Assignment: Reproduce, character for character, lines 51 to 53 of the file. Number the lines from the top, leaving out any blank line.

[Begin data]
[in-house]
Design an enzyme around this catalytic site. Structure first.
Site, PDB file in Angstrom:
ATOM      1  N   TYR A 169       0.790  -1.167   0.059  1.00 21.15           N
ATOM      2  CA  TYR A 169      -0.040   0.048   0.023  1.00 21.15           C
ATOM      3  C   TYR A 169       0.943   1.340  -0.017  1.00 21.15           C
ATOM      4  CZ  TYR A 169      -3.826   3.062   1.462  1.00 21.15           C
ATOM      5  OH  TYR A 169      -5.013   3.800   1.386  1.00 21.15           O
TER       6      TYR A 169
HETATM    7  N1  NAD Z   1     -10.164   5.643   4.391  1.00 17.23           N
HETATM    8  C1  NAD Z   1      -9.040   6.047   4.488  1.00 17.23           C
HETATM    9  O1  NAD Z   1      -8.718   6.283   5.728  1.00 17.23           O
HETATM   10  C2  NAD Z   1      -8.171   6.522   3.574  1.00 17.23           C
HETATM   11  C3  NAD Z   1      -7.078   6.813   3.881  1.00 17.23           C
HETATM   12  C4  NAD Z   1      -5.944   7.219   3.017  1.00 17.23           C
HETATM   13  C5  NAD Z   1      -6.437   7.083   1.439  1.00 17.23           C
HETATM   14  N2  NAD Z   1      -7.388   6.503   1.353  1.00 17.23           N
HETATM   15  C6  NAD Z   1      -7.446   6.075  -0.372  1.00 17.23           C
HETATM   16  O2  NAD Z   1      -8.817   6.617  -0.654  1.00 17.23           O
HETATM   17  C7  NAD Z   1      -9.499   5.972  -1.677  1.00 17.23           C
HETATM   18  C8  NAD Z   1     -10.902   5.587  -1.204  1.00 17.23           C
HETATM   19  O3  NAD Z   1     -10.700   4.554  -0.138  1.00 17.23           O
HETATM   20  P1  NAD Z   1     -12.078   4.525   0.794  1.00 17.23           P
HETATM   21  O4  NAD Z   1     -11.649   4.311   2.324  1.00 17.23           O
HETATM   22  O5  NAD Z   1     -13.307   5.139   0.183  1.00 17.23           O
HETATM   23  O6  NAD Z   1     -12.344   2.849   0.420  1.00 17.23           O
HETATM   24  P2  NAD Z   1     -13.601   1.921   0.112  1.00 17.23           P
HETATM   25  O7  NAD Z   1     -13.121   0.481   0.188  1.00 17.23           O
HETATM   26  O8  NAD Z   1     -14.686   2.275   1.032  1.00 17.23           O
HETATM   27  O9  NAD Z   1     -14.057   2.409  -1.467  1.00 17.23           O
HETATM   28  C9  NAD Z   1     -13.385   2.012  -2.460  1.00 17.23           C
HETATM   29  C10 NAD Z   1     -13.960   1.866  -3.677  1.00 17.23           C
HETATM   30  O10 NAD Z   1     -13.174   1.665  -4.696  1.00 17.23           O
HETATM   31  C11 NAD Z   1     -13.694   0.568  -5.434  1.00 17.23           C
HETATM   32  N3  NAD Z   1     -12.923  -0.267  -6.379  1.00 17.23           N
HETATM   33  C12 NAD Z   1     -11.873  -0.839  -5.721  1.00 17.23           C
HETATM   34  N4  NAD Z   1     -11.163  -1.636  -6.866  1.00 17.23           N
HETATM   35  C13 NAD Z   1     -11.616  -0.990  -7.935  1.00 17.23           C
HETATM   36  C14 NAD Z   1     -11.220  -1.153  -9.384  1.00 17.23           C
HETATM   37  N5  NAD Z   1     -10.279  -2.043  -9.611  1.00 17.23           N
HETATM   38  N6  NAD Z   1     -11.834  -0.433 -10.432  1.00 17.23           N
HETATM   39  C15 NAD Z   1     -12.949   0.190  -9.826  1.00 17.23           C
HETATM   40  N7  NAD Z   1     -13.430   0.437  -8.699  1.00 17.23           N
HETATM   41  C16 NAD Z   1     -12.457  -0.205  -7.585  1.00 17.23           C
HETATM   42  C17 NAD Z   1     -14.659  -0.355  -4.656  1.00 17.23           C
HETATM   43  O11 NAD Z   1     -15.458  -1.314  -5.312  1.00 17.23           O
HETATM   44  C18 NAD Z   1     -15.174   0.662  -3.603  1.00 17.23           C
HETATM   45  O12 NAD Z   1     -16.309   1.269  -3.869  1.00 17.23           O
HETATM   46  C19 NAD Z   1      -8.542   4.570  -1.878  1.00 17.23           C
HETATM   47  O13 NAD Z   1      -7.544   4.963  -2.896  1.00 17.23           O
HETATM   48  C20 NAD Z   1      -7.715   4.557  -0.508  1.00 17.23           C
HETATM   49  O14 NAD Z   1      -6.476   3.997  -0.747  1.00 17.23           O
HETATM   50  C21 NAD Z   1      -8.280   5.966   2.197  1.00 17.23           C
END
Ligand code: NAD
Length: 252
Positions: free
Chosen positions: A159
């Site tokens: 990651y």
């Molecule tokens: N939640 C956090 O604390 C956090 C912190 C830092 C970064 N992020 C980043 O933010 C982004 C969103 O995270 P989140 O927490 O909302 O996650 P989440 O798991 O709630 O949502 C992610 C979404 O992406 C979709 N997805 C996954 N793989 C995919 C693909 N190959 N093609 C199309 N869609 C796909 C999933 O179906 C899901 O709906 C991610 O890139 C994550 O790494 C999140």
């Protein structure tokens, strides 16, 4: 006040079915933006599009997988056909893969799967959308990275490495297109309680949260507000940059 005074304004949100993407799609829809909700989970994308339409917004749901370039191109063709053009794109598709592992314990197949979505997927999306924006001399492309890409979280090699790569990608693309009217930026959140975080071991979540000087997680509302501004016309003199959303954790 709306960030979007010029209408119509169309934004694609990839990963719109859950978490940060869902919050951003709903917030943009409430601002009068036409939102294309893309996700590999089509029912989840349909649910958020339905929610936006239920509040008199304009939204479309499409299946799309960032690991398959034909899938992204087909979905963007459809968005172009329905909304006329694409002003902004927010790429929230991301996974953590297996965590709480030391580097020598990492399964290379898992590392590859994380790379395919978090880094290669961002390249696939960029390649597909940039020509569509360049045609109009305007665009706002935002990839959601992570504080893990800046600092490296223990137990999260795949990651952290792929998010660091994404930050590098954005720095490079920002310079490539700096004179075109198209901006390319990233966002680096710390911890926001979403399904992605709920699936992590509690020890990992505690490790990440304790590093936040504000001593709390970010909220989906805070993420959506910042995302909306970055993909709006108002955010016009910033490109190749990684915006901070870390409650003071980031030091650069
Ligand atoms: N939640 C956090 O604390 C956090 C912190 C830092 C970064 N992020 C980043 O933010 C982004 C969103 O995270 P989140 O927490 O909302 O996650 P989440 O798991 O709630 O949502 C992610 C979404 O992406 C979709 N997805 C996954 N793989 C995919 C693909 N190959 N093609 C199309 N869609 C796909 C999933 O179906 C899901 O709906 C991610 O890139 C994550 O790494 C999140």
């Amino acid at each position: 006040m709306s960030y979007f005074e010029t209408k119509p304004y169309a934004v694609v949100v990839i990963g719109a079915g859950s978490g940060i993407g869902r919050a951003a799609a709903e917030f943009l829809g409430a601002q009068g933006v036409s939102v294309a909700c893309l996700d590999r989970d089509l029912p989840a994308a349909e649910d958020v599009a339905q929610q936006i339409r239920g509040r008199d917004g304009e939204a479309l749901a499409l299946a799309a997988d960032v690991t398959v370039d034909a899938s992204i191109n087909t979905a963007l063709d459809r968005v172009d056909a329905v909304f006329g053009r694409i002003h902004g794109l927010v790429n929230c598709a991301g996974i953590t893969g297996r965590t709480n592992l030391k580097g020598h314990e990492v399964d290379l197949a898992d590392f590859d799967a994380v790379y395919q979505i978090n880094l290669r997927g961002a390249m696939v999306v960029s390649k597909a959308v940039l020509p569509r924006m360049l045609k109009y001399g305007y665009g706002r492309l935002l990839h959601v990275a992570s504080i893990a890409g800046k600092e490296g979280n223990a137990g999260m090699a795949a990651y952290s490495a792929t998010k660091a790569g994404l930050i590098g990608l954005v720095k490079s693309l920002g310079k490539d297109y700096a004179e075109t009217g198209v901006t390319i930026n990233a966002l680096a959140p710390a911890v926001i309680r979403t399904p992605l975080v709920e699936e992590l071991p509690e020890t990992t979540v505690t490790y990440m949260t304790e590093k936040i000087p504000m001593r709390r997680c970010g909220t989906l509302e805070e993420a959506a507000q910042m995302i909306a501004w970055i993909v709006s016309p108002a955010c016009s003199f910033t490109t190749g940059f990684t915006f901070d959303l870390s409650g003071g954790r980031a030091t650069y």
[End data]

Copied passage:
HETATM   48  C20 NAD Z   1      -7.715   4.557  -0.508  1.00 17.23           C
HETATM   49  O14 NAD Z   1      -6.476   3.997  -0.747  1.00 17.23           O
HETATM   50  C21 NAD Z   1      -8.280   5.966   2.197  1.00 17.23           C